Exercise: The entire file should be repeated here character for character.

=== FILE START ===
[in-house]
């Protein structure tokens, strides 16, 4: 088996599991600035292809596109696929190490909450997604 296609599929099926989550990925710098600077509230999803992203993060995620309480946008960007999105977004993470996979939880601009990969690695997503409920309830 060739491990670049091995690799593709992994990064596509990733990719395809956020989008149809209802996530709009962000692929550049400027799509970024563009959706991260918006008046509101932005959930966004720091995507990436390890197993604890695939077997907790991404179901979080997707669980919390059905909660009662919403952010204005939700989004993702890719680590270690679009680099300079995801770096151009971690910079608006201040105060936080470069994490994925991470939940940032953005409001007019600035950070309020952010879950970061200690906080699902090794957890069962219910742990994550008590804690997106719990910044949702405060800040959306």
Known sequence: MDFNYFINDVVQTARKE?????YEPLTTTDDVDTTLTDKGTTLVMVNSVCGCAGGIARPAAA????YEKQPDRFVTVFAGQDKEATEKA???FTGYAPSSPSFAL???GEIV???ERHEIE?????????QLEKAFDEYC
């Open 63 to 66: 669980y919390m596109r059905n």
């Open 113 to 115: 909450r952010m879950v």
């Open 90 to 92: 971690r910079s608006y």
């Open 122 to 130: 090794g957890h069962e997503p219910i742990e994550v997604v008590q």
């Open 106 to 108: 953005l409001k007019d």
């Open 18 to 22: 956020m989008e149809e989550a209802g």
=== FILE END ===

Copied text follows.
[in-house]
């Protein structure tokens, strides 16, 4: 088996599991600035292809596109696929190490909450997604 296609599929099926989550990925710098600077509230999803992203993060995620309480946008960007999105977004993470996979939880601009990969690695997503409920309830 060739491990670049091995690799593709992994990064596509990733990719395809956020989008149809209802996530709009962000692929550049400027799509970024563009959706991260918006008046509101932005959930966004720091995507990436390890197993604890695939077997907790991404179901979080997707669980919390059905909660009662919403952010204005939700989004993702890719680590270690679009680099300079995801770096151009971690910079608006201040105060936080470069994490994925991470939940940032953005409001007019600035950070309020952010879950970061200690906080699902090794957890069962219910742990994550008590804690997106719990910044949702405060800040959306």
Known sequence: MDFNYFINDVVQTARKE?????YEPLTTTDDVDTTLTDKGTTLVMVNSVCGCAGGIARPAAA????YEKQPDRFVTVFAGQDKEATEKA???FTGYAPSSPSFAL???GEIV???ERHEIE?????????QLEKAFDEYC
């Open 63 to 66: 669980y919390m596109r059905n």
């Open 113 to 115: 909450r952010m879950v």
């Open 90 to 92: 971690r910079s608006y």
């Open 122 to 130: 090794g957890h069962e997503p219910i742990e994550v997604v008590q």
């Open 106 to 108: 953005l409001k007019d």
């Open 18 to 22: 956020m989008e149809e989550a209802g």